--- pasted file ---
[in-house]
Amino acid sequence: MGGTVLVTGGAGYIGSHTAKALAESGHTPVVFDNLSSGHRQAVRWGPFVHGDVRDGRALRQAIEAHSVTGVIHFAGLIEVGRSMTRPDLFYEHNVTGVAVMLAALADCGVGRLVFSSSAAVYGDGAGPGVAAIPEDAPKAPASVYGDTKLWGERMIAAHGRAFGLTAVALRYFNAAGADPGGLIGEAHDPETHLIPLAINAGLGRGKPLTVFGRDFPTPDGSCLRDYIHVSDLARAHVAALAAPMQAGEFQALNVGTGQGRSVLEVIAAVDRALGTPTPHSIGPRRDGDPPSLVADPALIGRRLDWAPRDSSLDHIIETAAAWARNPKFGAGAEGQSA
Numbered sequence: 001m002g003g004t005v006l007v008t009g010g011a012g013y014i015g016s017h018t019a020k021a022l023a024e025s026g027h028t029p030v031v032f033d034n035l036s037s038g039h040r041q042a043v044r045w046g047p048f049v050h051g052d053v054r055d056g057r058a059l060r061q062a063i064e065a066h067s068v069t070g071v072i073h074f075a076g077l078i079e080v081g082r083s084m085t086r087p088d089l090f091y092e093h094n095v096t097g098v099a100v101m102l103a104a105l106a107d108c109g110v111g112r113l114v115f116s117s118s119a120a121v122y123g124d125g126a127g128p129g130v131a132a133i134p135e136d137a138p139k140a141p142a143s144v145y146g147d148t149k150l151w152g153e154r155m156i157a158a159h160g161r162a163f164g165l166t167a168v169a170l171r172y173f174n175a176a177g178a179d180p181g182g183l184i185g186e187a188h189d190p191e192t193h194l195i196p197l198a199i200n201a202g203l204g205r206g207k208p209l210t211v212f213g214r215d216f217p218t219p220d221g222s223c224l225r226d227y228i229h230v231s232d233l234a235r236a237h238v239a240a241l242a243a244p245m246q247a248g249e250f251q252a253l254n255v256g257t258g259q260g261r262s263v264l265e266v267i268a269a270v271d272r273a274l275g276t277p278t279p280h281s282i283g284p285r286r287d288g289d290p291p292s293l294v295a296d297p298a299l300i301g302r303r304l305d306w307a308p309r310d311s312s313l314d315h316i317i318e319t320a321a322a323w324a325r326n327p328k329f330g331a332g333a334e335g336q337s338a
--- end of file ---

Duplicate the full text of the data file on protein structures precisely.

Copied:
[in-house]
Amino acid sequence: MGGTVLVTGGAGYIGSHTAKALAESGHTPVVFDNLSSGHRQAVRWGPFVHGDVRDGRALRQAIEAHSVTGVIHFAGLIEVGRSMTRPDLFYEHNVTGVAVMLAALADCGVGRLVFSSSAAVYGDGAGPGVAAIPEDAPKAPASVYGDTKLWGERMIAAHGRAFGLTAVALRYFNAAGADPGGLIGEAHDPETHLIPLAINAGLGRGKPLTVFGRDFPTPDGSCLRDYIHVSDLARAHVAALAAPMQAGEFQALNVGTGQGRSVLEVIAAVDRALGTPTPHSIGPRRDGDPPSLVADPALIGRRLDWAPRDSSLDHIIETAAAWARNPKFGAGAEGQSA
Numbered sequence: 001m002g003g004t005v006l007v008t009g010g011a012g013y014i015g016s017h018t019a020k021a022l023a024e025s026g027h028t029p030v031v032f033d034n035l036s037s038g039h040r041q042a043v044r045w046g047p048f049v050h051g052d053v054r055d056g057r058a059l060r061q062a063i064e065a066h067s068v069t070g071v072i073h074f075a076g077l078i079e080v081g082r083s084m085t086r087p088d089l090f091y092e093h094n095v096t097g098v099a100v101m102l103a104a105l106a107d108c109g110v111g112r113l114v115f116s117s118s119a120a121v122y123g124d125g126a127g128p129g130v131a132a133i134p135e136d137a138p139k140a141p142a143s144v145y146g147d148t149k150l151w152g153e154r155m156i157a158a159h160g161r162a163f164g165l166t167a168v169a170l171r172y173f174n175a176a177g178a179d180p181g182g183l184i185g186e187a188h189d190p191e192t193h194l195i196p197l198a199i200n201a202g203l204g205r206g207k208p209l210t211v212f213g214r215d216f217p218t219p220d221g222s223c224l225r226d227y228i229h230v231s232d233l234a235r236a237h238v239a240a241l242a243a244p245m246q247a248g249e250f251q252a253l254n255v256g257t258g259q260g261r262s263v264l265e266v267i268a269a270v271d272r273a274l275g276t277p278t279p280h281s282i283g284p285r286r287d288g289d290p291p292s293l294v295a296d297p298a299l300i301g302r303r304l305d306w307a308p309r310d311s312s313l314d315h316i317i318e319t320a321a322a323w324a325r326n327p328k329f330g331a332g333a334e335g336q337s338a